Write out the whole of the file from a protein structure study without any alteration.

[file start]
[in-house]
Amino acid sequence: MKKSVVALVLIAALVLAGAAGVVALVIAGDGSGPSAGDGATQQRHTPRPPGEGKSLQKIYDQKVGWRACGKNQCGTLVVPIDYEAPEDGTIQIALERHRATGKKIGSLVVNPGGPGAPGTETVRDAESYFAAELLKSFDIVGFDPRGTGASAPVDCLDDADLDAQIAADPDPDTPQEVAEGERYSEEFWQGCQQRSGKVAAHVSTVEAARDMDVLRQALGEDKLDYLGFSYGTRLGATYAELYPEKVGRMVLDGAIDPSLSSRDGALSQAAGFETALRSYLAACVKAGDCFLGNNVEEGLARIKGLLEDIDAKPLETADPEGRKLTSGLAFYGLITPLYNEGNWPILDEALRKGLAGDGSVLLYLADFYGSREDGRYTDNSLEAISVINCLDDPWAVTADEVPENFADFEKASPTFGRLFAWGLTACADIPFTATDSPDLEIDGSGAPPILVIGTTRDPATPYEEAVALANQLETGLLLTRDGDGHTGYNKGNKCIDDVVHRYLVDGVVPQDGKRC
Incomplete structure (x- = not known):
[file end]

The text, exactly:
[in-house]
Amino acid sequence: MKKSVVALVLIAALVLAGAAGVVALVIAGDGSGPSAGDGATQQRHTPRPPGEGKSLQKIYDQKVGWRACGKNQCGTLVVPIDYEAPEDGTIQIALERHRATGKKIGSLVVNPGGPGAPGTETVRDAESYFAAELLKSFDIVGFDPRGTGASAPVDCLDDADLDAQIAADPDPDTPQEVAEGERYSEEFWQGCQQRSGKVAAHVSTVEAARDMDVLRQALGEDKLDYLGFSYGTRLGATYAELYPEKVGRMVLDGAIDPSLSSRDGALSQAAGFETALRSYLAACVKAGDCFLGNNVEEGLARIKGLLEDIDAKPLETADPEGRKLTSGLAFYGLITPLYNEGNWPILDEALRKGLAGDGSVLLYLADFYGSREDGRYTDNSLEAISVINCLDDPWAVTADEVPENFADFEKASPTFGRLFAWGLTACADIPFTATDSPDLEIDGSGAPPILVIGTTRDPATPYEEAVALANQLETGLLLTRDGDGHTGYNKGNKCIDDVVHRYLVDGVVPQDGKRC
Incomplete structure (x- = not known):